From Nell Irvin Painter’s site:
“How are women and artists seen and judged by their age, looks, and race? What does it mean when someone says, ‘You will never be an artist?’ Who defines what ‘An Artist’ is and all that goes with such an identity, and how are these ideas tied to our shared conceptions of beauty, value, and difference? Old in Art School is Nell Painter’s ongoing exploration of those crucial questions. Bringing to bear incisive insights from two careers, Painter weaves a frank, funny, and often surprising tale of her move from academia to art.”
From the Design Observer site:
“For nearly three decades, Ernie Pook’s Comeek could be found in alternative weekly newspapers across the country. With clear block lettering and kind of hairy, pimply drawings, Lynda Barry chronicled the everyday adventures of a boy, Ernie Pook, and a girl, Marlys Mullen. Comics have never been the same. Her books have also been extraordinarily influential. Her first illustrated novel, “The Good Times are Killing Me,” came out in 1988, and her latest, “Making Comics,” was just released. She’s a professor of interdisciplinary creativity at the University of Wisconsin–Madison, and very recently won a MacArthur fellowship. On this episode, Lynda talks to Debbie about learning how to draw, and the damaging effects of one’s own opinion.”
How does bias distort our thinking, our listening, our beliefs… and even our search results? How can we fight it? This hour, TED speakers explore ideas about the unconscious biases that shape us.
There are many examples of xxx “solutions” or “steps” to positive aging; this one, somewhere between academic and general, seems one of the better frameworks.
Report on The Irish Longitudinal Study on Ageing (TILDA) that supports theories of positive perception affecting well being of older adults.
This article presents an analysis of the most viewed YouTube videos under the labels ‰Ű÷old age‰ŰŞ, ‰Ű÷older age‰ŰŞ and ‰Ű÷senior citizens‰ŰŞ. As powerful sources that transmit cultural information which either perpetuates or undermines cultural stereotypes at a worldwide level, channels of information such as YouTube offer a valuable glimpse at those images of ageing and old age which are shared and consumed by nowadays viewers. This study offers an analysis of the representations of older people as well as the contexts in which they appear taking into account previous studies which focused on the representation of older people in media. The results reveal a broadly positive representation of older people, with the majority of the videos portraying a counter-stereotypic image of this age group. This overall trend represents an interesting and destabilizing path that strengthens the efforts pursued against ageism and age discrimination in our societies.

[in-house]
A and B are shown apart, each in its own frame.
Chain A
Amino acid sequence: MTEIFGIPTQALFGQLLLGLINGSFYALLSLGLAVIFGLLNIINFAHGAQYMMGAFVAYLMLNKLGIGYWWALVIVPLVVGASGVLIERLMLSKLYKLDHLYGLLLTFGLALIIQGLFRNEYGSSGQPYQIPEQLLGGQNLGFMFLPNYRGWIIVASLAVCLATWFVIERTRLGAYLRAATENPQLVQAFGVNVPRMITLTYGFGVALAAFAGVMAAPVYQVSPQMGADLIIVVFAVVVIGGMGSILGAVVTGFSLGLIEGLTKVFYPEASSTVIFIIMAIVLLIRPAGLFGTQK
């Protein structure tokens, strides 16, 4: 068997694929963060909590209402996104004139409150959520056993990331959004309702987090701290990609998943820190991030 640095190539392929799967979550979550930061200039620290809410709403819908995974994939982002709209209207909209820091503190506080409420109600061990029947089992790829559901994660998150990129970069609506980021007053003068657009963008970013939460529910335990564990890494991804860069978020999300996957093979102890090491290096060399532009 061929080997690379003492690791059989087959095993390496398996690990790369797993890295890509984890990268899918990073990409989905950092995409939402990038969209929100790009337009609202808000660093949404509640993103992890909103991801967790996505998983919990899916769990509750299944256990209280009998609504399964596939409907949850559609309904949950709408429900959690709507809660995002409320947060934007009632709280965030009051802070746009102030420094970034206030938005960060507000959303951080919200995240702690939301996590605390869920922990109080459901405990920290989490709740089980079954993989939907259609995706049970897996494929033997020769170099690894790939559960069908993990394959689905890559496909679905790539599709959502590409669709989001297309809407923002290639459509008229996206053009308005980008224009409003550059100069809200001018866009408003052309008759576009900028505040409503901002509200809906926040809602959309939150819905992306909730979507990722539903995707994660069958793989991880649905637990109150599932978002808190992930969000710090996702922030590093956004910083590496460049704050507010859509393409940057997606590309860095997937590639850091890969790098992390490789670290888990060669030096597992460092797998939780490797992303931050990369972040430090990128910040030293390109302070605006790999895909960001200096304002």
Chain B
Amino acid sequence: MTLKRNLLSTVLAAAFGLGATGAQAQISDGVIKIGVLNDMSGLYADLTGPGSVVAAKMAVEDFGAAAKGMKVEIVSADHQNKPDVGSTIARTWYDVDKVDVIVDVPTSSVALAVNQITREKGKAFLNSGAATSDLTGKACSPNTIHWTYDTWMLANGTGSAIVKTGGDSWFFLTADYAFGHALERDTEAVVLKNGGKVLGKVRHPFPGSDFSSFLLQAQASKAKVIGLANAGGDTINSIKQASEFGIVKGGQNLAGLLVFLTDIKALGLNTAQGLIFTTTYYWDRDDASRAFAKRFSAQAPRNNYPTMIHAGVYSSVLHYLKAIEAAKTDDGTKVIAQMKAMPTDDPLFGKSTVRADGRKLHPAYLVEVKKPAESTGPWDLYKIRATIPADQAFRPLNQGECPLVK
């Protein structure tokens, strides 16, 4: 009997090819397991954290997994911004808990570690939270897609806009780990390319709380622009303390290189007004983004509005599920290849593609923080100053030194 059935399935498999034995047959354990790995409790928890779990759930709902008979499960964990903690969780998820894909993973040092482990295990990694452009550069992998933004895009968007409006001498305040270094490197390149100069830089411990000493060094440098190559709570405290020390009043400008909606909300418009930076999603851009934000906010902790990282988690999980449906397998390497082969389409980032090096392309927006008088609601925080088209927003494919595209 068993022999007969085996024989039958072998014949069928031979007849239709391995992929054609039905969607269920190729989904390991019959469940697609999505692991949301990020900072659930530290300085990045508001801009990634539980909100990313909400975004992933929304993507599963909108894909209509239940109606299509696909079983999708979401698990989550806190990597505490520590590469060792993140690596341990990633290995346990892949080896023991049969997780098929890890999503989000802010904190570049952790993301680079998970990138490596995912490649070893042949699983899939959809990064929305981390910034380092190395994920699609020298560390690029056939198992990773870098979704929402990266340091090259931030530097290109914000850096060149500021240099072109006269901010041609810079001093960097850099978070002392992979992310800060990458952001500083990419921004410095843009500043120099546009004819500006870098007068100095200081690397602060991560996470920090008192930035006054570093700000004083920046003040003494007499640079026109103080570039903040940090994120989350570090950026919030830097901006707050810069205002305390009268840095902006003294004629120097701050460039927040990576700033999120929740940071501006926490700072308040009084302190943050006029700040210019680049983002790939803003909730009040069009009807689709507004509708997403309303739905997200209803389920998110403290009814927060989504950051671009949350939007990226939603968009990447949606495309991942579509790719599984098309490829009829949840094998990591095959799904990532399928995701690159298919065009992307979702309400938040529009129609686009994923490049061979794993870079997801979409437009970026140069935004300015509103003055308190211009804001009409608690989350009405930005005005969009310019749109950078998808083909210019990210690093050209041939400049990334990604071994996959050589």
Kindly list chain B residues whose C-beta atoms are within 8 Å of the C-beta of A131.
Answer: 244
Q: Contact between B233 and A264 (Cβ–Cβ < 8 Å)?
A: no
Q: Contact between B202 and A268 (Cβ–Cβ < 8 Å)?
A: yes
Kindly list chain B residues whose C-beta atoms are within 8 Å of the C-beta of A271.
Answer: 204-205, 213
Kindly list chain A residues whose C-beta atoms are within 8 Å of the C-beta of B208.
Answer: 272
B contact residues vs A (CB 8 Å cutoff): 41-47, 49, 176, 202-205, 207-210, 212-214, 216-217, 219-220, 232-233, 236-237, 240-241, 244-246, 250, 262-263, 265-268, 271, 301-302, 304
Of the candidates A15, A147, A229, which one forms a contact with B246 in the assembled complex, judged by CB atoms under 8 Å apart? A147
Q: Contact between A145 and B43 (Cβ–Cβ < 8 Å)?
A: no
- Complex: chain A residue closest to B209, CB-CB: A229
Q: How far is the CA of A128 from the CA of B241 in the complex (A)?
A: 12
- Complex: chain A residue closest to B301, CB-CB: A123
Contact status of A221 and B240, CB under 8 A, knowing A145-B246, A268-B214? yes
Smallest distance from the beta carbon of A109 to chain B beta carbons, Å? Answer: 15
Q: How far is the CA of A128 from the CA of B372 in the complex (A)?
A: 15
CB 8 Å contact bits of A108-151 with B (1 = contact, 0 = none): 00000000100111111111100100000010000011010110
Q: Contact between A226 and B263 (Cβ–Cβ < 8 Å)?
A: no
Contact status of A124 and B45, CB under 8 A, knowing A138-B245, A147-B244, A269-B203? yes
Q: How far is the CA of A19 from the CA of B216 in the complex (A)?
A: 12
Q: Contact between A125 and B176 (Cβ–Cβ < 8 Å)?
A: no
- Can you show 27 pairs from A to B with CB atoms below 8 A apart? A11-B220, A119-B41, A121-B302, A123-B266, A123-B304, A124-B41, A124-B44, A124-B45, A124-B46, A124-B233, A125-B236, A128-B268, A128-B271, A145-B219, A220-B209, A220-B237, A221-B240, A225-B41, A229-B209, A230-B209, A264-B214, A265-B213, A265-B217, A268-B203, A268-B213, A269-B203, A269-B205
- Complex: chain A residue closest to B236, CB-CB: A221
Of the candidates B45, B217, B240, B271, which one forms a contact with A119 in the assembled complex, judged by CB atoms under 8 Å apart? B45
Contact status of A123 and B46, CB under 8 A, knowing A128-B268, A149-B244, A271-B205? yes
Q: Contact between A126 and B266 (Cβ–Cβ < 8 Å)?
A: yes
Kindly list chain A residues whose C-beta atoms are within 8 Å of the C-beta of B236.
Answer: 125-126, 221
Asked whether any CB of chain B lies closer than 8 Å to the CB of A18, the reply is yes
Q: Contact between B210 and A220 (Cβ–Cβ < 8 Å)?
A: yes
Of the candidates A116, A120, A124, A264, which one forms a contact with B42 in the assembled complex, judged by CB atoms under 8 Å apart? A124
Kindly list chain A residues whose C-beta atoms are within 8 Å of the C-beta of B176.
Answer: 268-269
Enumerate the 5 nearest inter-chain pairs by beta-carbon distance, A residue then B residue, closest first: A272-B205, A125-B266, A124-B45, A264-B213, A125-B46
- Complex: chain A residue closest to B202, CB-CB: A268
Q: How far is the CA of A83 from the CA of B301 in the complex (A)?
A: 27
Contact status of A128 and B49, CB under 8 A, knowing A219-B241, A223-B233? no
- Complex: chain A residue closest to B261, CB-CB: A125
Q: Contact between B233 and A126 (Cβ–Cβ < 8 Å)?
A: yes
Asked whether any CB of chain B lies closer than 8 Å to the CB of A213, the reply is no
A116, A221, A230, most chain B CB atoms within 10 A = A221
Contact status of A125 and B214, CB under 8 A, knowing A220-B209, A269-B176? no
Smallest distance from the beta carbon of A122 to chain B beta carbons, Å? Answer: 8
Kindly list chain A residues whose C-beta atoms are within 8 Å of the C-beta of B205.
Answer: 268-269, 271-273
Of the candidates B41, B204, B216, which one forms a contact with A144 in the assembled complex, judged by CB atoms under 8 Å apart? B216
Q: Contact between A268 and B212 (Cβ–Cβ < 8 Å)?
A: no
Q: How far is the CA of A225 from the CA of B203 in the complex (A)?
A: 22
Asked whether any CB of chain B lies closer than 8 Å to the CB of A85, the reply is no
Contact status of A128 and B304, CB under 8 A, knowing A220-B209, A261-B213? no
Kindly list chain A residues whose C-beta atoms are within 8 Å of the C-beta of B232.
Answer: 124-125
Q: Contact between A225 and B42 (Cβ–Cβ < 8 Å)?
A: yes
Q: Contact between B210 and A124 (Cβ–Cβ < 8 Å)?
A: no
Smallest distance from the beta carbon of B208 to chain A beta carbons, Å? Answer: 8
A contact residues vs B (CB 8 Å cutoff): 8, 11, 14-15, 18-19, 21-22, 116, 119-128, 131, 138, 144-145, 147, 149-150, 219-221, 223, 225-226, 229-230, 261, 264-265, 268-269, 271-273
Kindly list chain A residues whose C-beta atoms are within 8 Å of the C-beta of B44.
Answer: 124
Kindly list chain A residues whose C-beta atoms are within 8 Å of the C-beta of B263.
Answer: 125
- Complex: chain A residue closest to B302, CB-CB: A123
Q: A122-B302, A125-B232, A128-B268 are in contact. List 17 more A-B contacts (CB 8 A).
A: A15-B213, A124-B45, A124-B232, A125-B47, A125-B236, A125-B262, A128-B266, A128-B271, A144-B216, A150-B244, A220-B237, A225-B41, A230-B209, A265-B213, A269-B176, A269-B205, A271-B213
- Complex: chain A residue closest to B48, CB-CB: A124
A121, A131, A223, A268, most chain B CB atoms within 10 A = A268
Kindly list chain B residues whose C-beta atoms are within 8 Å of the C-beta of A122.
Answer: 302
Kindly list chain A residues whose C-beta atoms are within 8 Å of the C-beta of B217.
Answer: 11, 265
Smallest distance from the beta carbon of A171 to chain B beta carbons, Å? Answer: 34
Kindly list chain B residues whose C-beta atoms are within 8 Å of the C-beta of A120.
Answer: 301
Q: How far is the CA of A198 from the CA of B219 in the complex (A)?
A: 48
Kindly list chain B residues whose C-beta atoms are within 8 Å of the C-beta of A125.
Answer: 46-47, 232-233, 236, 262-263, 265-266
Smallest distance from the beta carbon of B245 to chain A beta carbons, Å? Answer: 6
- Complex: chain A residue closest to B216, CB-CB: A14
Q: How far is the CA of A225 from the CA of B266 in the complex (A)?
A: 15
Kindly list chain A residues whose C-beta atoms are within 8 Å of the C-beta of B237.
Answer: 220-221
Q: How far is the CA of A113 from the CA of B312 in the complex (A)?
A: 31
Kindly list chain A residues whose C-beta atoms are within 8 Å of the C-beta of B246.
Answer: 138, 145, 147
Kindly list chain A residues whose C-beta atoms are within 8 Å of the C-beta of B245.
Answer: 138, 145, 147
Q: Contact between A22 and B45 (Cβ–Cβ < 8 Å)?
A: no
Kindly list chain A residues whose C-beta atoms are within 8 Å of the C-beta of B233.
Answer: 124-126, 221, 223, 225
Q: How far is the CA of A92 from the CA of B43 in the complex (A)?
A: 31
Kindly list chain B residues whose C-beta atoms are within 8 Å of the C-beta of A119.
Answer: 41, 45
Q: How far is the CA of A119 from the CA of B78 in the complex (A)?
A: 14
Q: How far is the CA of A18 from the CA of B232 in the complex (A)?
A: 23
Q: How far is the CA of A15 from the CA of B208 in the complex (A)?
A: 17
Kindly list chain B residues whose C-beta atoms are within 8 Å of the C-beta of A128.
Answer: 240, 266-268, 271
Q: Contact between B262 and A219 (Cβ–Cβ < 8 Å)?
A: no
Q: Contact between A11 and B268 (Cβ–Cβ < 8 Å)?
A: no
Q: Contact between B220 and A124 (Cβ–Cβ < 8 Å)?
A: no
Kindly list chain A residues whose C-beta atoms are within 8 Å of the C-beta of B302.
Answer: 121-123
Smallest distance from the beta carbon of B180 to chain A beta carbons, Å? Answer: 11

Drawing on data from interviews with older adults regularly involved in creative pratices in their daily lives, Gallistl explores the meanings they attach to growing older within these practices.
Artistic engagement has been identified as a promising way to improve older adults’ quality of life (QoL) and health. This has resulted in a growing, yet diverse, knowledge base. The purpose of this scoping review was to describe and map the nature and extent of research conducted on the arts, aging, and either QoL or health for well older adults.
Describes research being carried out by Dr. Kate Dupuis, the Schlegel Innovation Leader in Arts & Aging with Sheridan College’s Center for Elder Research (Ontario), which is focused on the impact artistic experiences in its many forms can have on health and wellness.
Like all social processes, the very essence of aging is socially constructed. Our notion of what it means to grow old is constantly shifting, different now in this moment of ‰ŰĎrapid graying‰Űť than in centuries past, and no doubt different than it will be in the future. Our understanding of old age is produced and reproduced by political climates, religious movements, medical advances, and especially now, the ever-present media discourse.